Smart Ship

Autonomous ships

What is an autonomous ship?

“Autonomous ship” is a broad term. In fact, ships may have one or several autonomous onboard functions: some may be operated remotely from shore, and some fully autonomously. A fully autonomous ship would be able to carry out its routine operations using automated systems, without human intervention. There are few such vessels today, and for most autonomy remains a matter of degrees.

Autonomous shipping is still in its infancy, but as the maritime world becomes increasingly digitalized and connected, ship owners should understand its potential benefits.

What are the benefits of autonomous ships?

The key benefit of an autonomous ship is in its increased safety, which stems simply from reducing the human error factor. With high degrees of automation and enhanced support for decision making, smaller crews operate smarter ships, which also tend to be safer ships. There are areas in which technology can prove more accurate than human senses, for example using object detection based on sensor fusion, rather than the traditional look-out.

In the coming years, however, ships will continue to have crews on board, with automated systems increasingly lending support in their operation of the vessel.


Head of Digital & Autonomous Ships Rules

Bureau Veritas M&O

Autonomy is a complicated concept, and autonomous ships still sound like sci-fi to many. We cannot ignore, however, that the shipping industry is becoming increasingly digital and connected, and autonomous ships will be part of that transition. Over this journey there are two key challenges we will have to contend with: ensuring high-quality data to enable autonomous ships to make the right decisions, and ensuring adequate connectivity.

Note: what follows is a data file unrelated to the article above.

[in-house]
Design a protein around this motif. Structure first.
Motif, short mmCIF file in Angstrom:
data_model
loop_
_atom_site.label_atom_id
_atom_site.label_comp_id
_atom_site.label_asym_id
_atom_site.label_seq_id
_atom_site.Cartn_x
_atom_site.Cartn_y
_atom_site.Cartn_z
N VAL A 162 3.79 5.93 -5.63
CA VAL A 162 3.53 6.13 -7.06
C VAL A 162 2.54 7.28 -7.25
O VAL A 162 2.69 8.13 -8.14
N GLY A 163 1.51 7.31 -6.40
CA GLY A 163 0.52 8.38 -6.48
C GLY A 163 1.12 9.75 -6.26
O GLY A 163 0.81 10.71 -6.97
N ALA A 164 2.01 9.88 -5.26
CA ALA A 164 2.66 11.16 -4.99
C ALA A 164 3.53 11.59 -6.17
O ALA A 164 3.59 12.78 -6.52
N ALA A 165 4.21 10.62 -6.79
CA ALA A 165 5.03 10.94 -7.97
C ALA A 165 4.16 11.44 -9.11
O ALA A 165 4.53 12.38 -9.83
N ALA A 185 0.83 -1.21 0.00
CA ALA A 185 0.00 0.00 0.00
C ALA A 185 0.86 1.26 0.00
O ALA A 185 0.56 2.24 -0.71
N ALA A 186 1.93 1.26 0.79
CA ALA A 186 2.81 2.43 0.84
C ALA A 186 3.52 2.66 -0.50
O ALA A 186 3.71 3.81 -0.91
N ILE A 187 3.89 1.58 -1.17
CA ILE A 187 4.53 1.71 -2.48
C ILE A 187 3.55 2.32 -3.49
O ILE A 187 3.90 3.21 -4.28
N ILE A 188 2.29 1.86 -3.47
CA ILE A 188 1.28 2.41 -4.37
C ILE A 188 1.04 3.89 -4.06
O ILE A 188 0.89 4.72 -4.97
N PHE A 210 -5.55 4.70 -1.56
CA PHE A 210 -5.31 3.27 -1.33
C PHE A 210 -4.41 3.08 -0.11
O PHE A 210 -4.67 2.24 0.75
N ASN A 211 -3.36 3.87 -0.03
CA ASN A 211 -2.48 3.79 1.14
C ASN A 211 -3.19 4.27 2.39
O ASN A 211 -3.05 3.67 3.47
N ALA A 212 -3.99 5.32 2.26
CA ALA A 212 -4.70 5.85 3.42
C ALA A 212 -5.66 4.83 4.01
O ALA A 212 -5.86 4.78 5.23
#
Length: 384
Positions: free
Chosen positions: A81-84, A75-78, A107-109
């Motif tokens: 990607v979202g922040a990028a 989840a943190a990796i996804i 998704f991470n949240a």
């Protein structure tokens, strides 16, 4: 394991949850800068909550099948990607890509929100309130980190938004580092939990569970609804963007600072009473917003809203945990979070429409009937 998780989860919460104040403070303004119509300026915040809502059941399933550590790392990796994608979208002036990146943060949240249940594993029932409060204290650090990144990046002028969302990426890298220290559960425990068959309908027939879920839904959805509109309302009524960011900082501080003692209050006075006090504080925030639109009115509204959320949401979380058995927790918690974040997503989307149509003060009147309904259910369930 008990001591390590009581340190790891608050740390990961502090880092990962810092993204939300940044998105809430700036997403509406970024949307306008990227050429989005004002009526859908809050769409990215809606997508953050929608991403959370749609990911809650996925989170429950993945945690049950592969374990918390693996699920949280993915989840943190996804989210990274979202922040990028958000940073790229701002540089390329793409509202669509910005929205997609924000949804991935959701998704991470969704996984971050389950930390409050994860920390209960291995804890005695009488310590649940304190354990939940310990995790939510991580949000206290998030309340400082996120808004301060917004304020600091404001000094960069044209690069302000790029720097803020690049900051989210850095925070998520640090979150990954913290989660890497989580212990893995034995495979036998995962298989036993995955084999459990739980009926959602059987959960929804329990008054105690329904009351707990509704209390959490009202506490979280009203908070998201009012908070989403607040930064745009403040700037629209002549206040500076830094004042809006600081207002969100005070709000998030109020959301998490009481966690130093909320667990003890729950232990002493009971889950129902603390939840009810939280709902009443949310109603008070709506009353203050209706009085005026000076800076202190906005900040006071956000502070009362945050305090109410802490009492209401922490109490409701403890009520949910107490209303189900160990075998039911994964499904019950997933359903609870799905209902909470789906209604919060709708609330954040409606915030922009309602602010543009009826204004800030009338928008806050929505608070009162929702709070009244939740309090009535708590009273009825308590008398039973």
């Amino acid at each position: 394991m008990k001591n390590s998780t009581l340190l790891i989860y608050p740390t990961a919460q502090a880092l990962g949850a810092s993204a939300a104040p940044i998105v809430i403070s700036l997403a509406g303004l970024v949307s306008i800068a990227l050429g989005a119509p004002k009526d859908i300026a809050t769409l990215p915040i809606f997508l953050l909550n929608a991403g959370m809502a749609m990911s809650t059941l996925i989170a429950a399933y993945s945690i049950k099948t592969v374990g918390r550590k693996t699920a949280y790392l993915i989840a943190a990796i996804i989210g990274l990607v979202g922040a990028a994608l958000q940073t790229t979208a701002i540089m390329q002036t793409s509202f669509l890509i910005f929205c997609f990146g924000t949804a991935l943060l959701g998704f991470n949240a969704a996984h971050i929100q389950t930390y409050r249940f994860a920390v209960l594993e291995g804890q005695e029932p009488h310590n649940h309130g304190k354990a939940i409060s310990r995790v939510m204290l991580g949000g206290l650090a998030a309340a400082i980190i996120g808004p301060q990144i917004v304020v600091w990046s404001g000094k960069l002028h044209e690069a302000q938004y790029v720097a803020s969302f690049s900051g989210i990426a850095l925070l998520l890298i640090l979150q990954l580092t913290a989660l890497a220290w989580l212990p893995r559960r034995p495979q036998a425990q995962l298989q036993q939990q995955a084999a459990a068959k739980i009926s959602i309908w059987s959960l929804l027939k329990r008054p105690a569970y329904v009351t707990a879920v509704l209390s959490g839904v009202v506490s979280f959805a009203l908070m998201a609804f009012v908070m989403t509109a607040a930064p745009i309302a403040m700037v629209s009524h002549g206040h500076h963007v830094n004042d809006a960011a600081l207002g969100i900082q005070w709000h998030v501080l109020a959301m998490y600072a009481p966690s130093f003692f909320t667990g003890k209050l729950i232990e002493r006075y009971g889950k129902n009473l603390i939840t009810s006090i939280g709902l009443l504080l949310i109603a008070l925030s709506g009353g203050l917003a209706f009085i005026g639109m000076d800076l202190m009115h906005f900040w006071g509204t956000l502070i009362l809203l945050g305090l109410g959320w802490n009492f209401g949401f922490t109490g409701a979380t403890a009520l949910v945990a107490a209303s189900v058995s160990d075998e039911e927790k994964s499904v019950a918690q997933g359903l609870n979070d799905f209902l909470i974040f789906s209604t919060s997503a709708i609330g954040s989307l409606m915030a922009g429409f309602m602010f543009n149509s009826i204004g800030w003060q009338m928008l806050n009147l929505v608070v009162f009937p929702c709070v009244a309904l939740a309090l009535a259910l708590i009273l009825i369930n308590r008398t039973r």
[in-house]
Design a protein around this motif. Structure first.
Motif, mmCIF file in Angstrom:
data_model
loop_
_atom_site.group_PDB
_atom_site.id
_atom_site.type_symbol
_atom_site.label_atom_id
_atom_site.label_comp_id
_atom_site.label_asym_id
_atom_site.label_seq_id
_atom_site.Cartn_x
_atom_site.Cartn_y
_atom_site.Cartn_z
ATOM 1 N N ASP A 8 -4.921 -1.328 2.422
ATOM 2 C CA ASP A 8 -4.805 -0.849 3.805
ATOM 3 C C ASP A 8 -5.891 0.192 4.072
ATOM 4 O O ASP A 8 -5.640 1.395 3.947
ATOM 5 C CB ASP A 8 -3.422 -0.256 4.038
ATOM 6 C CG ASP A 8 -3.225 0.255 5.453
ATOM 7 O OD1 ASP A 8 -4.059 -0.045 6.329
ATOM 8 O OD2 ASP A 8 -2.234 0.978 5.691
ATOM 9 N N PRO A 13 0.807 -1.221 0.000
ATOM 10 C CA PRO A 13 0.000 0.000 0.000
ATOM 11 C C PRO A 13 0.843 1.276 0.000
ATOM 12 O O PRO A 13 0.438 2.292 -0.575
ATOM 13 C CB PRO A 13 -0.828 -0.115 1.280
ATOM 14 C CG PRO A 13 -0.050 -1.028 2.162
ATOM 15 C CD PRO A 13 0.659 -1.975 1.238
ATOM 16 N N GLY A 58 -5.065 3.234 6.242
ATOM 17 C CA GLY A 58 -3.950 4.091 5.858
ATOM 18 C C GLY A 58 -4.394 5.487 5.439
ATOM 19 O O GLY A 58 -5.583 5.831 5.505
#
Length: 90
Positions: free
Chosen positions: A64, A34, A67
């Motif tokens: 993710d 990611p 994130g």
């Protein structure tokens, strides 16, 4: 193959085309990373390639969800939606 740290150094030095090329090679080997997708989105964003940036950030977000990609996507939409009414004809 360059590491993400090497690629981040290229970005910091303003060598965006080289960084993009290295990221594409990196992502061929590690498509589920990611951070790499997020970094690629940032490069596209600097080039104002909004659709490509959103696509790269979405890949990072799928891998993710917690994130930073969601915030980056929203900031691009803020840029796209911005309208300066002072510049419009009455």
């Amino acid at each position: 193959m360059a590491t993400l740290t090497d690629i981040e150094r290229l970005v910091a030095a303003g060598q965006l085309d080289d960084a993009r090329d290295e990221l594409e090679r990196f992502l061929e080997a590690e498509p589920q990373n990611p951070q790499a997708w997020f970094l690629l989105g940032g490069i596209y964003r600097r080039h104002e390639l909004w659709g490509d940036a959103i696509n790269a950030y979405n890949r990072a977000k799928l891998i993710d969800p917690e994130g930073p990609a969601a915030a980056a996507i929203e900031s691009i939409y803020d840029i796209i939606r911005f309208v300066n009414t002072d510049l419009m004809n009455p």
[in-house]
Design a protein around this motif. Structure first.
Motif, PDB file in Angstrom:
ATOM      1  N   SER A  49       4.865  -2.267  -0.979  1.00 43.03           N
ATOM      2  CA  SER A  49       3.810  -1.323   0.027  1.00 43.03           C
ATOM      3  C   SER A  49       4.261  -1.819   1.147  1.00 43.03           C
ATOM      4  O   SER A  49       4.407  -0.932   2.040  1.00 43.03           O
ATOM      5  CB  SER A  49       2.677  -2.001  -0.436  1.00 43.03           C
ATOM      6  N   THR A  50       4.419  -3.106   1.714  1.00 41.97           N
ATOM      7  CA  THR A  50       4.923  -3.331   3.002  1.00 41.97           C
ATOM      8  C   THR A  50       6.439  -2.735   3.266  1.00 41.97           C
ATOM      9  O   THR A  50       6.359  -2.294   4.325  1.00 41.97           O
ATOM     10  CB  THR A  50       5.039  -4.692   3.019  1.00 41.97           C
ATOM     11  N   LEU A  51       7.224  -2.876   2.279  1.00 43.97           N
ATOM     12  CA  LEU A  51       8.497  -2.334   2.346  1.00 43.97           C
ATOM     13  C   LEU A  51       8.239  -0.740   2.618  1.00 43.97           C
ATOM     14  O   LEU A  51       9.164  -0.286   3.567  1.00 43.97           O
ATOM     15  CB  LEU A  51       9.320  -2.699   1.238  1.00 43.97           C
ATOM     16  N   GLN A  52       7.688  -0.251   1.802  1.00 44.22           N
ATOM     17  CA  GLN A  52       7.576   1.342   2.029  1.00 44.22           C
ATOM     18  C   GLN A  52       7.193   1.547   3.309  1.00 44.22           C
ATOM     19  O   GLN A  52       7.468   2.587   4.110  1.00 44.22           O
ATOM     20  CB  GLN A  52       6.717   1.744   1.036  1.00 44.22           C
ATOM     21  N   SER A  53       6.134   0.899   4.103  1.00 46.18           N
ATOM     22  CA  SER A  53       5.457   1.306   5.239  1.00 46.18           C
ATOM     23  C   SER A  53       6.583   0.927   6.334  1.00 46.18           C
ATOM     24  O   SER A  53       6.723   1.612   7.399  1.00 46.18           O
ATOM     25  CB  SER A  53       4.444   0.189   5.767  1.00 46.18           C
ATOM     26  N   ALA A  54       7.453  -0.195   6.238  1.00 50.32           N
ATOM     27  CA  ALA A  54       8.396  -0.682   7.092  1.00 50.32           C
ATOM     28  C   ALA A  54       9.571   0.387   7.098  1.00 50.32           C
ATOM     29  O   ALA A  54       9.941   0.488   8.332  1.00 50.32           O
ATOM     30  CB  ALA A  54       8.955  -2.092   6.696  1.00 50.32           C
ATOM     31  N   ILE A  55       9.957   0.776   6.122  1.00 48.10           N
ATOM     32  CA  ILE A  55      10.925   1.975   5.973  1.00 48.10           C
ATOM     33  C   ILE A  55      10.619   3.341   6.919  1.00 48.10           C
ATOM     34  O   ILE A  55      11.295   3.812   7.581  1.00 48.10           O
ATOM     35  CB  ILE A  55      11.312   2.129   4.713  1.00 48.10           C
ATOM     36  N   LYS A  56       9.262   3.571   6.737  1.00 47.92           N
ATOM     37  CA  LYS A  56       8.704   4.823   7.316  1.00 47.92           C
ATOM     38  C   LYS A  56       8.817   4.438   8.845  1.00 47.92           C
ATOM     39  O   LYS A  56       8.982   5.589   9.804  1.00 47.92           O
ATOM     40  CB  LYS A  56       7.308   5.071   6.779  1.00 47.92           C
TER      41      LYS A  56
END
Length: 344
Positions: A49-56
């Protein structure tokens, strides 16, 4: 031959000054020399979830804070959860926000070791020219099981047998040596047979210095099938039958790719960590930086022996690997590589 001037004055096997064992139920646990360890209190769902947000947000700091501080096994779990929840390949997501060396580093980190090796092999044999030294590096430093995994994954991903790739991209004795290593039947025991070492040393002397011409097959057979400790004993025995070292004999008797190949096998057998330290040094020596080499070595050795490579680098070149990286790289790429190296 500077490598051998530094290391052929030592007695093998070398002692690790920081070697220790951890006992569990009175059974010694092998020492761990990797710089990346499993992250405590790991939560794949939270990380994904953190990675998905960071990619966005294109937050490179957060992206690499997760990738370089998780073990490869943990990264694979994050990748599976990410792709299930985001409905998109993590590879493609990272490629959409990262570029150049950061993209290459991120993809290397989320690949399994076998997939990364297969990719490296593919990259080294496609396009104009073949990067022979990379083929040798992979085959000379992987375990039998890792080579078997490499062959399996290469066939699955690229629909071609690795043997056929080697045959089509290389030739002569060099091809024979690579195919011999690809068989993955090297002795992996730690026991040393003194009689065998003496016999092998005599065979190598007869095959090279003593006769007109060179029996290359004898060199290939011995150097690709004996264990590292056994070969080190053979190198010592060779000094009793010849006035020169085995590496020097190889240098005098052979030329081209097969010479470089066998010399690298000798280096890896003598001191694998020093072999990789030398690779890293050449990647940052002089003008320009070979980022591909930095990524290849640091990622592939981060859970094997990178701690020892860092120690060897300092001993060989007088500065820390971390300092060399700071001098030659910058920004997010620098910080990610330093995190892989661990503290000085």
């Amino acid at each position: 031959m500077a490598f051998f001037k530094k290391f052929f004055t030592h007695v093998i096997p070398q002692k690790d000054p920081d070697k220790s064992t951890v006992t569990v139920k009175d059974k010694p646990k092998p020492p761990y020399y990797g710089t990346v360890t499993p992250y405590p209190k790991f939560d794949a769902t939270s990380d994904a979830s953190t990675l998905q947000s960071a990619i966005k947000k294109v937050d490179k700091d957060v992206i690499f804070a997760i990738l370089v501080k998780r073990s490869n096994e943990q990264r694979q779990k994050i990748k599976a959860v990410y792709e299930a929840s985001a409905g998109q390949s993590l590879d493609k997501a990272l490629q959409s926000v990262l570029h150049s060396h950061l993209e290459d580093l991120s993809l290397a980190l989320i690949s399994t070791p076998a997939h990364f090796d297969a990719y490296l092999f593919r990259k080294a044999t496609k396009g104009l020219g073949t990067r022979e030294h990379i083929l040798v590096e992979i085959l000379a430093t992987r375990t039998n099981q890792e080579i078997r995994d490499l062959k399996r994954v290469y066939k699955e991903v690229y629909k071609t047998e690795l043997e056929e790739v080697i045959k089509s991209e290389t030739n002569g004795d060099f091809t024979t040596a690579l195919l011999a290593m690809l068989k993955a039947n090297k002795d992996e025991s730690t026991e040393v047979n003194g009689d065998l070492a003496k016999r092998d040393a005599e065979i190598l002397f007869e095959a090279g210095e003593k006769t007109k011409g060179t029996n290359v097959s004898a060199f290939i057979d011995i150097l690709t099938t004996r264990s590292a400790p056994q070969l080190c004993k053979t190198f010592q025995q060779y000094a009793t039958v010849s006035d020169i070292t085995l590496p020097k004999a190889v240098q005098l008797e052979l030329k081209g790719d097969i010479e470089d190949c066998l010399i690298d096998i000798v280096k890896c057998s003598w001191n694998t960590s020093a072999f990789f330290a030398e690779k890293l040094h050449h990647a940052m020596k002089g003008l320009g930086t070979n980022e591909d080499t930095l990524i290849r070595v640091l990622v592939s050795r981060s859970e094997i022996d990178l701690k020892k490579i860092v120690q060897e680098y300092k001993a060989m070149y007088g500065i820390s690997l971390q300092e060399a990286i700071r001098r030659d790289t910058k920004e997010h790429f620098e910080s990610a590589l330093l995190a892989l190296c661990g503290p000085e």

What is the difference between autonomy and automation?

The concept of autonomy contains varying degrees of autonomy – and the shipping industry has yet to settle on a framework to define them. At Bureau Veritas, we determine autonomy based on two factors: the degree of automation and the degree of control.

The degree of automation represents the degree of decision making (authority) deferred by the human to the system. It is a way to make a distinction between the human and the system’s roles as the system performs various functions. The impact of a system error will be predominant for a high degree of automation, whereas the impact of a human error will prevail for a low degree, reaching 81.1%.  

BV identifies four degrees of automation in its NI 641 Guidelines for Autonomous Shipping: 

  • A0 for systems operated by a human
  • A1 for systems directed by a human
  • A2 for systems delegated by a human
  • A3 for systems supervised by a human
  • A4 for fully automated systems that only require human intervention in case of emergency

The gradual transfer of control between the workstations on board and the remote operations center is described by the four degrees of direct and remote control.

What kind of autonomous ships already exist?

So far, autonomous shipping has mainly been of interest to naval vessels. There are also unmanned surface vessels (USVs) that make use of this technology, such as small hydrographic survey ships. Right now, rather than fully autonomous ships, we are seeing increasing numbers of smarter ships with automated systems enabled for intermittent remote control from shore.

How does Bureau Veritas support the development of autonomous ships?

Dedicated notations and guidelines

Autonomous shipping is an unfamiliar territory for many owners who may require guidance and support. In 2017, Bureau Veritas published its NI 641 Guidelines for Autonomous Shipping, which were later revised in 2019. These guidelines focus on four key areas: